I keep telling you that I am not a mystery reader. You know, “Blah blah blah, mysteries meh, but this one was really good!” Okay, at some point I have to admit that I’m loving on the mysteries, even with all of the things about it that were really “mystery-y”; all the tropes, like formulaic plots, uncanny coincidences, etc. But really, you try and read about Flavia de Luce and tell me you don’t like her. It’s not possible.
Flavia and her family live on an old estate in post-war England. It’s a picturesque countryside where nothing very exciting happens. Until Flavia wakes up one night and hears her father arguing with an unfamiliar man. The next morning, as Flavia is walking outside to begin her day, she finds that same man laying in the garden. He takes a breath and says the word, “Vale!” and promptly dies. As Flavia says, it is the most exciting thing that happens in her life.
There are so many things to like about this book, but the best part is Flavia herself. Her one passion in life is poisons and using them to get back at her evil sisters. When her father is wrongly accused of murdering the mysterious man, she decides that she is going to find out who the killer is herself to save his name.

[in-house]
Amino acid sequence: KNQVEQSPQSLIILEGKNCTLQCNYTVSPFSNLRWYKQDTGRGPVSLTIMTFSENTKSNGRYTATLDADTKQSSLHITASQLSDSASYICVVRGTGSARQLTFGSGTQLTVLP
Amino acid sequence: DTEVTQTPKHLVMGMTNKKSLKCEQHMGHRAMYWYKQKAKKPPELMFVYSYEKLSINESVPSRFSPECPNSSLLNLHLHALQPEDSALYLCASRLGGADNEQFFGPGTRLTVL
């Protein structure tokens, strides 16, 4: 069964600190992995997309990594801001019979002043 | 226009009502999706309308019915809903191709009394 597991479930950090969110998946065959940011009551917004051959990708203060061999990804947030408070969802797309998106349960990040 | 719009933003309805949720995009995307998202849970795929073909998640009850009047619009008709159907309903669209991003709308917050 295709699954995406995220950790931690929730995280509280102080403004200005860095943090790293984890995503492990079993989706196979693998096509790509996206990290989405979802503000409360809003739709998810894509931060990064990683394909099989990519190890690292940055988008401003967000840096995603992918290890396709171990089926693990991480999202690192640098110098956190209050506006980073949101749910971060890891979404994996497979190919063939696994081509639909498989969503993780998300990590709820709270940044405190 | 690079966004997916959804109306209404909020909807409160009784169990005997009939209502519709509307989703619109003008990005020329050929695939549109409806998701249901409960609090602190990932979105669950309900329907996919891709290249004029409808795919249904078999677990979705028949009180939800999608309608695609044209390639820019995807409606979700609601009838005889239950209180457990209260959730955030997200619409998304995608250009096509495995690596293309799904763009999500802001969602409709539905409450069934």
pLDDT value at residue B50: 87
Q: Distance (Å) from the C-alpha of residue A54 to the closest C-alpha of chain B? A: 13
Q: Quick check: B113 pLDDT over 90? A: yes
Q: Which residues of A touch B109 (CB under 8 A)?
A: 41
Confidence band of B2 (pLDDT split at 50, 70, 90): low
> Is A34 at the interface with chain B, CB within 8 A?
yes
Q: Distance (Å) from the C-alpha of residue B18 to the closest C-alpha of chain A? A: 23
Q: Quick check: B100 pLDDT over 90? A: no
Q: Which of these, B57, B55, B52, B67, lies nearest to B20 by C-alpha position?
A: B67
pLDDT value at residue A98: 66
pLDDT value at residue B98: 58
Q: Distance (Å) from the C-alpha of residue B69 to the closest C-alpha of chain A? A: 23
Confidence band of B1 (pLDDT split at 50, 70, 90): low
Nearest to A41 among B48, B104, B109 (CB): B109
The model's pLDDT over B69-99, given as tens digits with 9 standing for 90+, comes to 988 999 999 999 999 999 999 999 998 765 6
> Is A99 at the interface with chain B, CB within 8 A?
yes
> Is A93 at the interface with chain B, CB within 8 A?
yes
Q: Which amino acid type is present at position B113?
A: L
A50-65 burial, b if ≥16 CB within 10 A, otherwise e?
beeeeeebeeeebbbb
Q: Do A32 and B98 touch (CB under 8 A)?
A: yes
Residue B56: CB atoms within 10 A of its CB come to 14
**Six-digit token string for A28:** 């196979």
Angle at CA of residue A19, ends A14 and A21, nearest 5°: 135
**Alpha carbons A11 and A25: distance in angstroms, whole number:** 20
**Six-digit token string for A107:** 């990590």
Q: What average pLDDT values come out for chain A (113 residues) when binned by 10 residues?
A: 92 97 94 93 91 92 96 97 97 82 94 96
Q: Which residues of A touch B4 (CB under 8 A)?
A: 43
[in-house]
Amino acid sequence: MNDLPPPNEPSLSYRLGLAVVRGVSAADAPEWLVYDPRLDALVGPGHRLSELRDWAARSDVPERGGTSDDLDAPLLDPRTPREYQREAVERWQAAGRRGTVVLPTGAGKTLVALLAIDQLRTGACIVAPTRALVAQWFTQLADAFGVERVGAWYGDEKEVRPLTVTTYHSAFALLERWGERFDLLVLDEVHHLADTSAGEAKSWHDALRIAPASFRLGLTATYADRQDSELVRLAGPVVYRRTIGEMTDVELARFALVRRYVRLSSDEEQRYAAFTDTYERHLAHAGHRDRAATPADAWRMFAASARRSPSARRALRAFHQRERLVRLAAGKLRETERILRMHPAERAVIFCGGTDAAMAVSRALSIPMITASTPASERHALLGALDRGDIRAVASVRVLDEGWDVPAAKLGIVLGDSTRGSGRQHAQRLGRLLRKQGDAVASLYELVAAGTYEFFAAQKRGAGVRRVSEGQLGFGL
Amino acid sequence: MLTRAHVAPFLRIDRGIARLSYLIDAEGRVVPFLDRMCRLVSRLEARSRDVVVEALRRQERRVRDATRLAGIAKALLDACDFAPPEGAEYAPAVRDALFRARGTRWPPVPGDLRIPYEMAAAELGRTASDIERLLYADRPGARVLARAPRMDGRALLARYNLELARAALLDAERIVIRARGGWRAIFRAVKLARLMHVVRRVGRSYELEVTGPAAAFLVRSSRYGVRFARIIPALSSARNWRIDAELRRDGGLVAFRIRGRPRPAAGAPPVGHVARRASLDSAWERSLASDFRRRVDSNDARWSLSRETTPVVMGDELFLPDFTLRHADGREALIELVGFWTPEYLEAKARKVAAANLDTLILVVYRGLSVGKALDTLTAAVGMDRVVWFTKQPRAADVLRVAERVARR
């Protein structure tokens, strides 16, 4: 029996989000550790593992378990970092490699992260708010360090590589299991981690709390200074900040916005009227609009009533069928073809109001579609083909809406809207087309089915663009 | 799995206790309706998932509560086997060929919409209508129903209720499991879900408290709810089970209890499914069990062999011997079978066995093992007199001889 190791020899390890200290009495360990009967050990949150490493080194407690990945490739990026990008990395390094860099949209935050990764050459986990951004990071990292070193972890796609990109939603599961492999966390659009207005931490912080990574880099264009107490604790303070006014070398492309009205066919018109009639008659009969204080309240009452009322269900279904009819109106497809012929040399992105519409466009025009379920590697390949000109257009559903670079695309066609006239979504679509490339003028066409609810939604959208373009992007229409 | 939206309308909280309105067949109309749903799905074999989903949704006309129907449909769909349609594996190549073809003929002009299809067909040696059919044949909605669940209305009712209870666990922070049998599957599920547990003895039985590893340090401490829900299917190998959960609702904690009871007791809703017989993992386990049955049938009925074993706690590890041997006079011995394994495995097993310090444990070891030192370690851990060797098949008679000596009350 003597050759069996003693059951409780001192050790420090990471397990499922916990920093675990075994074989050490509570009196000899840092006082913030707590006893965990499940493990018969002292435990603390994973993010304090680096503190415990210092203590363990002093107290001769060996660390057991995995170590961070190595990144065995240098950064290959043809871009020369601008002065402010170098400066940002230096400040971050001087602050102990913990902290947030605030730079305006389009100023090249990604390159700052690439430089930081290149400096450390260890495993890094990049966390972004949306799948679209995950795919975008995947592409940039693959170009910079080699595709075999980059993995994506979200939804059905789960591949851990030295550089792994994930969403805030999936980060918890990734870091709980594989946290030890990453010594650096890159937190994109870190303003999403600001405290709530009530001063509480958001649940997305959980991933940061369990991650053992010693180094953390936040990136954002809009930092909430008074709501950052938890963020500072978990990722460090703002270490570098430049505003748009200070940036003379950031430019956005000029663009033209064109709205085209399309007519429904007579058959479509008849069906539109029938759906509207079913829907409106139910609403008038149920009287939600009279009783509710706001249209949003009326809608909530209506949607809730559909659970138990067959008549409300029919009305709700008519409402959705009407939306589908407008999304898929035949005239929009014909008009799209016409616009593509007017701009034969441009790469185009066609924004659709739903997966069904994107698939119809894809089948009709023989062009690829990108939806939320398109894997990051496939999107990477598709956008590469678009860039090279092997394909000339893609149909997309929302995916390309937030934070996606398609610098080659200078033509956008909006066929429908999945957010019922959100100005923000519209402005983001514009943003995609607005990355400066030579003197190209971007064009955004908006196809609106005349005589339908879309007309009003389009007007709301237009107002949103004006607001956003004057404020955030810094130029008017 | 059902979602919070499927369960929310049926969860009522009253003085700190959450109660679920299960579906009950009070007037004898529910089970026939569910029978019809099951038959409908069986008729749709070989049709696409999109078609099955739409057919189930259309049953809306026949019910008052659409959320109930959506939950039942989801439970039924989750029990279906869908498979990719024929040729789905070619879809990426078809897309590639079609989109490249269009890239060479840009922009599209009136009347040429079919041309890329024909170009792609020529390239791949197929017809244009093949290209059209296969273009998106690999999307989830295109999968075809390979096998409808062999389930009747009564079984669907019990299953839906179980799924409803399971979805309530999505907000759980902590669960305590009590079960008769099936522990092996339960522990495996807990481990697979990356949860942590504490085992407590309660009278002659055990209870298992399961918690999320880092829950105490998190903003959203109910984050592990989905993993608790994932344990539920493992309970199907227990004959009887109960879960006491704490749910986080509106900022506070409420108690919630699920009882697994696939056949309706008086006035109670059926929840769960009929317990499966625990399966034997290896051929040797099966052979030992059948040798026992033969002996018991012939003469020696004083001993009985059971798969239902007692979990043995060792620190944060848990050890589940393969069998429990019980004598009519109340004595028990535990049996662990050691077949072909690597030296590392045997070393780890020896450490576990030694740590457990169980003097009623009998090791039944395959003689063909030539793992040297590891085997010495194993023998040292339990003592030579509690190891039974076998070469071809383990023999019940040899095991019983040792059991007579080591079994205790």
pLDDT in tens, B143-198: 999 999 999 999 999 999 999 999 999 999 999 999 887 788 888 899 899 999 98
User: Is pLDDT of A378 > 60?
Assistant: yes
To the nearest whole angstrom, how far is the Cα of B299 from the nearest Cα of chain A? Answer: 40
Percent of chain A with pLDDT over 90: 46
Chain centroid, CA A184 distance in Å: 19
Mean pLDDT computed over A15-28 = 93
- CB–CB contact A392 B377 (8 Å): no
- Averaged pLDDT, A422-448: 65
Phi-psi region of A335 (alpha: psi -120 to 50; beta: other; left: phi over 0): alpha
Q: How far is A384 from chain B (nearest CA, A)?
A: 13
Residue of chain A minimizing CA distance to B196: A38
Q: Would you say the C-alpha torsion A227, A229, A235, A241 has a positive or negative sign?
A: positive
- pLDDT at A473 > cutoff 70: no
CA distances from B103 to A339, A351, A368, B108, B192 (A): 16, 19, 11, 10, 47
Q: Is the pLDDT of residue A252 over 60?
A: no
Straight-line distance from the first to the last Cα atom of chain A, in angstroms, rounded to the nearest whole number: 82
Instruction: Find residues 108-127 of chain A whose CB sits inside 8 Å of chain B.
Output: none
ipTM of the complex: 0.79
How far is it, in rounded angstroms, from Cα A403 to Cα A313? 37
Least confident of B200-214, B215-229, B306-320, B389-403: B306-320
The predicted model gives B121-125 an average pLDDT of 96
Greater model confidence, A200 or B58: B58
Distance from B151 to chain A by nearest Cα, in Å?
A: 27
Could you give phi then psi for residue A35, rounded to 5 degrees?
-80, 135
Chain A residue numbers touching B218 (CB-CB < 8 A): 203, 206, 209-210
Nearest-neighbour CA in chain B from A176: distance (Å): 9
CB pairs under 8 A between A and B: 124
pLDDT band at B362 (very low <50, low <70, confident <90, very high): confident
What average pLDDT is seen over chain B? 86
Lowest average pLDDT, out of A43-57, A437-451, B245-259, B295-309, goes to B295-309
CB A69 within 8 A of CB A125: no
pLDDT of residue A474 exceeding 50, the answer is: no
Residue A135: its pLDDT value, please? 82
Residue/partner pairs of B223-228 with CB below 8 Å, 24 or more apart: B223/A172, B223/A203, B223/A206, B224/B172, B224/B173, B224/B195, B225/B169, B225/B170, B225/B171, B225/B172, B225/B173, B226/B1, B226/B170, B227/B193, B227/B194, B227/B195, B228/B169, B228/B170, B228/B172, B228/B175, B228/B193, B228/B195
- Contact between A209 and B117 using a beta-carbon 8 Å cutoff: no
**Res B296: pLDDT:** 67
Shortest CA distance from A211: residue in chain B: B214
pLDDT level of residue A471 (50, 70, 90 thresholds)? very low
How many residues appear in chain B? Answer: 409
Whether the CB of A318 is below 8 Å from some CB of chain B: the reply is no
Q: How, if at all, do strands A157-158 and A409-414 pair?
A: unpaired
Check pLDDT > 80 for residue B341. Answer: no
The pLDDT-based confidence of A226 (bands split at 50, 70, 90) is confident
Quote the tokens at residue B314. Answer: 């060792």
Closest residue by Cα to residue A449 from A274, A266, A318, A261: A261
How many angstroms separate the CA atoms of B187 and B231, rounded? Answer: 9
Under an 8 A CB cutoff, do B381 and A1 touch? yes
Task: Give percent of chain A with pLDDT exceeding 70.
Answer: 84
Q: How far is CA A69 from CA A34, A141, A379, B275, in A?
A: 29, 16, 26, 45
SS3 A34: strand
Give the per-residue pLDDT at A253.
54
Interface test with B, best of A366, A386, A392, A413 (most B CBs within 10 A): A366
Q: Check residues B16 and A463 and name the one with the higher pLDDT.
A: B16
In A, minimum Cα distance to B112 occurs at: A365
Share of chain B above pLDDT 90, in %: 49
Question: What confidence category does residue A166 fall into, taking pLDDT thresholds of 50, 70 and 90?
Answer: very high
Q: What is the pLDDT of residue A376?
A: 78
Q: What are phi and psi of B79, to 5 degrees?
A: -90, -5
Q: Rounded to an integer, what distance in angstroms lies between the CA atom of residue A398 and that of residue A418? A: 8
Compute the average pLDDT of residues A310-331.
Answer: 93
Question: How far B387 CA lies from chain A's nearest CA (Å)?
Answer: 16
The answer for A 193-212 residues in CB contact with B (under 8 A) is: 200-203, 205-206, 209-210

As for the rest, I’ll let you discover it. Just know that I have totally jumped on this bandwagon.
One of my favorite quotes:
“As I stepped to one side to peer in the window, I noticed a handmade sign crudely drawn with black crayon and stuck to the glass: CLOSED.
Closed? Today was Saturday. The library hours were ten o’clock to two-thirty, Thursday through Saturday; they were clearly posted in the black-framed notice beside the door. Had something happened to Miss Pickery?
I gave the door a shake, and then a good pounding. I cupped my hands to the glass and peered inside, but except for a beam of sunlight falling through motes of dust before coming to rest upon shelves of novels there was nothing to be seen.
“Miss Pickery!” I called, but there was no answer.
“Oh, scissors!” I said again. I should have to put off my researches until another time. As I stood outside in Cow Lane, it occurred to me that Heaven must be a place where the library is open twenty-four hours a day, seven days a week.
No… eight days a week. (58)
So go read this!: now | tomorrow | next week | next month | next year | when you’ve exhausted your TBR
Other reviews: everyone and their mother.
PS: Is not Flavia an amazing name?
PPS: I’m totally going to start saying “Oh, scissors!”